What is the Consumer Price Index, or CPI? Officially, the Bureau of Labor Statistics of the United States Department of Labor defines it as: "a measure of the average change over time in the prices paid by urban consumers for a market basket of consumer goods and services."
The Consumer Price Index (CPI) is different than inflation. The CPI is as its name implies, an index or number that measures change in prices over time. Comparing two Consumer Price Indexes over two different time frames provides a percentage increase, tagged as inflation, or a percentage decrease, tagged as deflation. Thus, CPI readings are used to calculate the current US inflation rate. Most often used as a reference point is the inflation rate over a 12-month period, say comparing the CPI from April 2012 to April 2013. The latest 12-month inflation rate is always shown in the upper box to the right of pages on USInflation.org. The Consumer Price Index is always listed directly below the inflation rate in that same box, represented as a three significant digits with three decimal places.
For the United States, the above Bureau of Labor Statistics definition is perhaps the most fitting because it is the body responsible for accumulating the data used to determine the CPI in the country. Still, the definition really does not adequately describe either the process or the importance of the Consumer Price Index.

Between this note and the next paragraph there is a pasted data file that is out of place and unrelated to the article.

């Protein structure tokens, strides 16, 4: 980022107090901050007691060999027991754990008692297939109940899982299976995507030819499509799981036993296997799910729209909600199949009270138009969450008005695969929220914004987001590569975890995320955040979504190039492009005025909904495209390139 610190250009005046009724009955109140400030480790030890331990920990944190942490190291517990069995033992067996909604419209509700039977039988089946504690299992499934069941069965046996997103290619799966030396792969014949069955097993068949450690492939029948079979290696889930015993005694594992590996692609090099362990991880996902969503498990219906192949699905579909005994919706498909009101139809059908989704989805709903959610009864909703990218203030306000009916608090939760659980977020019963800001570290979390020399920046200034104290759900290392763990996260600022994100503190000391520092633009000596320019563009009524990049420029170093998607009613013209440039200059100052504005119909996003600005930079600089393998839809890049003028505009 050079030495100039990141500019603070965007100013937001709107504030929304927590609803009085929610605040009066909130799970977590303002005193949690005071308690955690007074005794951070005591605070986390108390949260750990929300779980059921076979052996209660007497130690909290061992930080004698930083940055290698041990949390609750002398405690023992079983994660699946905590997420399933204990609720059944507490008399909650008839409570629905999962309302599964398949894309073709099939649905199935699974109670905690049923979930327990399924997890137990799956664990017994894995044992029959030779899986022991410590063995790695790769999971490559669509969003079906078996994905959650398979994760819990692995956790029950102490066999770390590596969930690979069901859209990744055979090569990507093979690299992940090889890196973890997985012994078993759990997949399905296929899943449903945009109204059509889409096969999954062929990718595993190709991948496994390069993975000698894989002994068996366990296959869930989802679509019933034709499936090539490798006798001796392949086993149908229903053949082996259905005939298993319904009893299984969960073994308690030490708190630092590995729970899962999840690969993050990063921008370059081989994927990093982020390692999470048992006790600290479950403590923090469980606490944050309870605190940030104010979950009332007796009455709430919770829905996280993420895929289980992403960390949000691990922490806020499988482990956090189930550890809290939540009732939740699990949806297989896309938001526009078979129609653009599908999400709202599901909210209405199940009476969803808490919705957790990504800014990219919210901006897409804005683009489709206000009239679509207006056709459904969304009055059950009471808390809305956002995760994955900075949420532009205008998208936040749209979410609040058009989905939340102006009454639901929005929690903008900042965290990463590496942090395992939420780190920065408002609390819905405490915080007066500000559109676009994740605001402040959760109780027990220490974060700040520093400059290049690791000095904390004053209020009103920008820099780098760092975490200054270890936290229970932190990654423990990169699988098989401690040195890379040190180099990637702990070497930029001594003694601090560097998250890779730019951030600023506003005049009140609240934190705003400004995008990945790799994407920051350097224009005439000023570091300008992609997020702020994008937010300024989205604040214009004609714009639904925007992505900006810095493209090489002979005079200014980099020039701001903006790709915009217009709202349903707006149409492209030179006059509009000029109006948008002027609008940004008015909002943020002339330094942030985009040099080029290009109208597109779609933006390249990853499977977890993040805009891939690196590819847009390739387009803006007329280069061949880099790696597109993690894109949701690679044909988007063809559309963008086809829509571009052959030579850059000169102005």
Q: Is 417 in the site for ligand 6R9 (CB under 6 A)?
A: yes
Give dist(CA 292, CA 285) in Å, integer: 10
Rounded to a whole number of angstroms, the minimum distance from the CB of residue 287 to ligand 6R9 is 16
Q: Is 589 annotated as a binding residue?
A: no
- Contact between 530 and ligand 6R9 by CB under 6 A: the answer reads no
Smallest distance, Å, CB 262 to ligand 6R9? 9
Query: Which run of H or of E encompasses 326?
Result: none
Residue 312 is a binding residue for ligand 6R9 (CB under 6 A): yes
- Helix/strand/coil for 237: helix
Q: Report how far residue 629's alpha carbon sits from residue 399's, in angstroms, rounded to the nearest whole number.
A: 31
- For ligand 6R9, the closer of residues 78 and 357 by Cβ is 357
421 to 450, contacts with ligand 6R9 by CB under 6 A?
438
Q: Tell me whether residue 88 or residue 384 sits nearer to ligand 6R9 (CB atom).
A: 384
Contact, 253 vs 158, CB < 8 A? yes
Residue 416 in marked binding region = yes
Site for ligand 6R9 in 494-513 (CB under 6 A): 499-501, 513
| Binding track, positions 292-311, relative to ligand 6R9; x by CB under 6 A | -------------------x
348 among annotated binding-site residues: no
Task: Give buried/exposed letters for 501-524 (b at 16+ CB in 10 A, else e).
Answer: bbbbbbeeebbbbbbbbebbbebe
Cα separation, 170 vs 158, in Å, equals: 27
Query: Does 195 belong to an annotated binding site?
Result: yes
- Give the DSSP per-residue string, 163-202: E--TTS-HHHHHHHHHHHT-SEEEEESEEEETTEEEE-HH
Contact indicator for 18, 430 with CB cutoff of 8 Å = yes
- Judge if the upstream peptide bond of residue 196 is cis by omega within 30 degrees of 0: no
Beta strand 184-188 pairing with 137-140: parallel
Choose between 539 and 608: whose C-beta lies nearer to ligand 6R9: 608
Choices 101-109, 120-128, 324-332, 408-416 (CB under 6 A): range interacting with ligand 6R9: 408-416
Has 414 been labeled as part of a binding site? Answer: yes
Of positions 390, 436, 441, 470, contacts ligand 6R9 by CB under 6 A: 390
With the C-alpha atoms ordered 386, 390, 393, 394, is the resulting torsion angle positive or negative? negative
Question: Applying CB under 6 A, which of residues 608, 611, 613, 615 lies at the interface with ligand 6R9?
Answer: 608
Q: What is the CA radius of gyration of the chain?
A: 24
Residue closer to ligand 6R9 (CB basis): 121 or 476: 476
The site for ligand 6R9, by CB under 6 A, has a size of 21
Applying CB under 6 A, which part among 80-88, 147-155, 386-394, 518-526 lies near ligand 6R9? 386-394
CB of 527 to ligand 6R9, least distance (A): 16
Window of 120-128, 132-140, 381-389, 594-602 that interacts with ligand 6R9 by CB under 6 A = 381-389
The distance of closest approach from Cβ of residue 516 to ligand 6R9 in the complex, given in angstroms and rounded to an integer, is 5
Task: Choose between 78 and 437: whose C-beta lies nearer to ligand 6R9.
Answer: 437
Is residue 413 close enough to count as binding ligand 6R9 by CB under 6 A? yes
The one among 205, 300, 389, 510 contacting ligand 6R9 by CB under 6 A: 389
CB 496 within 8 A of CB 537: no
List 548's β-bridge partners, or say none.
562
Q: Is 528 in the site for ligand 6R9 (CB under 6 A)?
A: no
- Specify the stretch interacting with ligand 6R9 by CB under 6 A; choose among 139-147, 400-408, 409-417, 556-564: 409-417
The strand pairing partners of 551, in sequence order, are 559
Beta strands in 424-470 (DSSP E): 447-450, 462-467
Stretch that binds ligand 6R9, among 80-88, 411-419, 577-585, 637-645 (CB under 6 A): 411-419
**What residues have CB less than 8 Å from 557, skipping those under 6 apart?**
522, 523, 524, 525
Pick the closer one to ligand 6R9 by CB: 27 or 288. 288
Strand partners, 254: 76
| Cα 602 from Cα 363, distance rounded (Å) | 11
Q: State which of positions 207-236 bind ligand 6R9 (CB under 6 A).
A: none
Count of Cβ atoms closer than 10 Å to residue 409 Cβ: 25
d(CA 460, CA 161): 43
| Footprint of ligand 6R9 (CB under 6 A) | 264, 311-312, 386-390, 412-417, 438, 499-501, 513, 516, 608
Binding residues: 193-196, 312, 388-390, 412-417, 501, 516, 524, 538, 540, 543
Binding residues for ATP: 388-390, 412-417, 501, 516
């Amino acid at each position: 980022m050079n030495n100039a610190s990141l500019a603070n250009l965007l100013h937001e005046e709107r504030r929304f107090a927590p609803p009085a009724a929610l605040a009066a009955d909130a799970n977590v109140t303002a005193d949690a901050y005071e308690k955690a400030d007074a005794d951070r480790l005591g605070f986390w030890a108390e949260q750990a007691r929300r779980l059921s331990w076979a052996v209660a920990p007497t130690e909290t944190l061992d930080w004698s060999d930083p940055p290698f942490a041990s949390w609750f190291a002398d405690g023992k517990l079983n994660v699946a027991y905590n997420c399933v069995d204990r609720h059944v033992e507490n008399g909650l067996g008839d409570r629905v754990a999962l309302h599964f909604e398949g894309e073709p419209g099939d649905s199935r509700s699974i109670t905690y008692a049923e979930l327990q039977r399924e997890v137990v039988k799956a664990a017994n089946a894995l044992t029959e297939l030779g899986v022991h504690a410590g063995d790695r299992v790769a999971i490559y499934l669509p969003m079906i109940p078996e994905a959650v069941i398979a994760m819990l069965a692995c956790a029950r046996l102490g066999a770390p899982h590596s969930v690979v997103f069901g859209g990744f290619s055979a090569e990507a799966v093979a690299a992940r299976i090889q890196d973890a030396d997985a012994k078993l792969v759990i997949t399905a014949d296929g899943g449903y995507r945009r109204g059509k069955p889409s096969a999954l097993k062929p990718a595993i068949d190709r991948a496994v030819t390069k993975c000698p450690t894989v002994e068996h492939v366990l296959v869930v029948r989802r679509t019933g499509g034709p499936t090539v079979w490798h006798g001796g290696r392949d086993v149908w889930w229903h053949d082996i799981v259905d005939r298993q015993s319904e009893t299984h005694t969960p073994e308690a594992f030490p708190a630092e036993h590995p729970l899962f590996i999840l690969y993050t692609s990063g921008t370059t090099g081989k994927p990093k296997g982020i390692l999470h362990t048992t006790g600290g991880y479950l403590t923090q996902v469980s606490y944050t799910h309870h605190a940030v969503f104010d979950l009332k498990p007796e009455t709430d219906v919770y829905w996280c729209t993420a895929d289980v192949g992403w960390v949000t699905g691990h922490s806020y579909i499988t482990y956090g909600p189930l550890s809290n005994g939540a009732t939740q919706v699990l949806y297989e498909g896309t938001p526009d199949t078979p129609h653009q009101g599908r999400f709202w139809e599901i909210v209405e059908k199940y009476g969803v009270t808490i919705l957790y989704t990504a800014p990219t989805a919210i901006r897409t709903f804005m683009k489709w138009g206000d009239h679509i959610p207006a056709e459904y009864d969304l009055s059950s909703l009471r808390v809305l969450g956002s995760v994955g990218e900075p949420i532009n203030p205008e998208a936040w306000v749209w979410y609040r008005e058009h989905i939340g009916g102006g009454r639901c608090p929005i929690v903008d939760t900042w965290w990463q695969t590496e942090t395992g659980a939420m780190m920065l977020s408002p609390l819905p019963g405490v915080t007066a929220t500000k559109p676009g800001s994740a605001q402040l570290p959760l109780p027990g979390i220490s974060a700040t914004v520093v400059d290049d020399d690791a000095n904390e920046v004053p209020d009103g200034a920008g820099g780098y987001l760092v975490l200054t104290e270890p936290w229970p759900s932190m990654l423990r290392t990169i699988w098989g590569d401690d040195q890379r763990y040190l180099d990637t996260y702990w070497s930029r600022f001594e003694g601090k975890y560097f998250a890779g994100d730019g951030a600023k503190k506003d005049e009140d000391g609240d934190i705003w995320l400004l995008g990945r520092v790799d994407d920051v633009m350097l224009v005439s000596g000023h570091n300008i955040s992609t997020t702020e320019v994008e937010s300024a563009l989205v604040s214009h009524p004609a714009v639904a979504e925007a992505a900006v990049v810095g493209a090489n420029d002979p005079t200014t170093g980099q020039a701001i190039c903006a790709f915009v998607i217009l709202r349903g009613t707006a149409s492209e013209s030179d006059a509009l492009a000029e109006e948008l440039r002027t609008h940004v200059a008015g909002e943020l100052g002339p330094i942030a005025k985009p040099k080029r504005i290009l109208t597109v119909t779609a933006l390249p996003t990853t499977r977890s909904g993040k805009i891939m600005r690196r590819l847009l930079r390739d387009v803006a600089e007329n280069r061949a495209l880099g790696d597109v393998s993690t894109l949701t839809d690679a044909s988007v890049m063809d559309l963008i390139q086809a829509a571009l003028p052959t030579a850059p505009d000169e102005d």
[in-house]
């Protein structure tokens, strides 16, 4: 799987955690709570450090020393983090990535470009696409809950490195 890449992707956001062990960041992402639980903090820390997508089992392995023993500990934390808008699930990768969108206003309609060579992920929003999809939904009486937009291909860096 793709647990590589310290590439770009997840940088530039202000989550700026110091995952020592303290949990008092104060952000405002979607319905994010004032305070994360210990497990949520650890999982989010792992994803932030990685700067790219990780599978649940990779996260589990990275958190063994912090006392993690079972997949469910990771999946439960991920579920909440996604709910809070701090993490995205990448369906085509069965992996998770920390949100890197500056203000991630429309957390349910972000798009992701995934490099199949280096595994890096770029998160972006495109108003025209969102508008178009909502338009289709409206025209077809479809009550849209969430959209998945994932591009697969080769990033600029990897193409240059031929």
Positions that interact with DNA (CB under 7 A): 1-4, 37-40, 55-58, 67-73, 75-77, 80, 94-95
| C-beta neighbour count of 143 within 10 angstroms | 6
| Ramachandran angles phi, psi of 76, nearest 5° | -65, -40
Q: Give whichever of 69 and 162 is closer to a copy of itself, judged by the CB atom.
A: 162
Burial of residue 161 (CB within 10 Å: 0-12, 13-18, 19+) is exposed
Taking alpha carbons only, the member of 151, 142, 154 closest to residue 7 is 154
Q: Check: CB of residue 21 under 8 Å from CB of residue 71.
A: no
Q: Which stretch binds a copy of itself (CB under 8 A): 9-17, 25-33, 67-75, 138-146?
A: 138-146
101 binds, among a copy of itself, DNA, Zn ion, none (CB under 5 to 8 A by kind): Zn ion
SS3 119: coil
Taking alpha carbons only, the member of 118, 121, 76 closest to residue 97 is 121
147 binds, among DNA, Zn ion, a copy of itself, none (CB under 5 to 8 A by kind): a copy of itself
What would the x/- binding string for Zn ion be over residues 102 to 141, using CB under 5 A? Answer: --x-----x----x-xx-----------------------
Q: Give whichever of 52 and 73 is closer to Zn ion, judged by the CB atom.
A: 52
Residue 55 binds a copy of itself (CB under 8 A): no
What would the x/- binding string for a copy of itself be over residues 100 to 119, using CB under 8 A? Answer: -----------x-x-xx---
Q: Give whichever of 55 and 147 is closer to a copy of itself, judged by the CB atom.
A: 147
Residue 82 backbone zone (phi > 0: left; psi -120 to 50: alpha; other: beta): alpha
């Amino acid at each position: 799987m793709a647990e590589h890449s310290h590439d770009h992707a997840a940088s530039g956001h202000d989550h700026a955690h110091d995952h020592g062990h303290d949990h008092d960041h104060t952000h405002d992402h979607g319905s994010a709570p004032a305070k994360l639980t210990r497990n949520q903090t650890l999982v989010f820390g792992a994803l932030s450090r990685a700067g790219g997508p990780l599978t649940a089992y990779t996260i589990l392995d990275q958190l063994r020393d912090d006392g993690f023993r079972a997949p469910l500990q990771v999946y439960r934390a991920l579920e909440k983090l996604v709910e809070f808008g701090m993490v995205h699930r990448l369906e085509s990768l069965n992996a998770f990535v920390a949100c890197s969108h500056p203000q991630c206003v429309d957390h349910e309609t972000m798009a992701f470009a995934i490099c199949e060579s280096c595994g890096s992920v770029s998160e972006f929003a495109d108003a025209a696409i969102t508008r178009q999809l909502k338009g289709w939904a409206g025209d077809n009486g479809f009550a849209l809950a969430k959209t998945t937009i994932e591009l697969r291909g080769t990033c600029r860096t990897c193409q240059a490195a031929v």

So, to begin with, we will look at the process of getting the CPI. To do this, the Bureau samples prices paid by consumers for specific products each month in two population groups. The first group is the all urban consumers group (CPI-U), which excludes those in rural areas, but still represents approximately 87% of the population.
The second group is actually a subset of the first group known as the urban wage earners and clerical workers (CPI-W). This subset basically consists of those members of the CPI-U who earn an hourly wage or work in clerical positions. It does not, however, include the self-employed, retired workers, professional workers, part-time workers or the unemployed.
Two hundred different categories of purchases made by these two groups are then sampled each month. By using so many different categories, significant fluctuations in a single one (say the cost of fuel) can be tempered by the other categories. For the sake of simplification, the categories are combined into eight major groups including:
- food and beverages;
- medical care;
- education and communication; and
- other goods and services.
The average of the purchase prices in all of the groups are then compared to the average in previous samplings. Thus, fluctuations can be monitored on a monthly basis to determine short and long-term changes in the economy.
But why should the average consumer care about the CPI? For one thing, it is used as a measure of determining inflation in the country. While most economists consider a small amount of inflation good for the economy, rampant inflation is generally considered bad as your purchasing power significantly declines.
Also, some individuals can directly be affected by the CPI. By looking at the Consumer Price Index for the last year, cost-of-living adjustments are sometimes made to wages, pensions, benefits, etc.
Here is a table of the CPI data from 1913 to current as published by the US government. These figures are used to calculate inflation rates over various tables.
The official area at the Bureau of Labor Statistics about the Consumer Price Index is located at http://www.bls.gov/cpi/.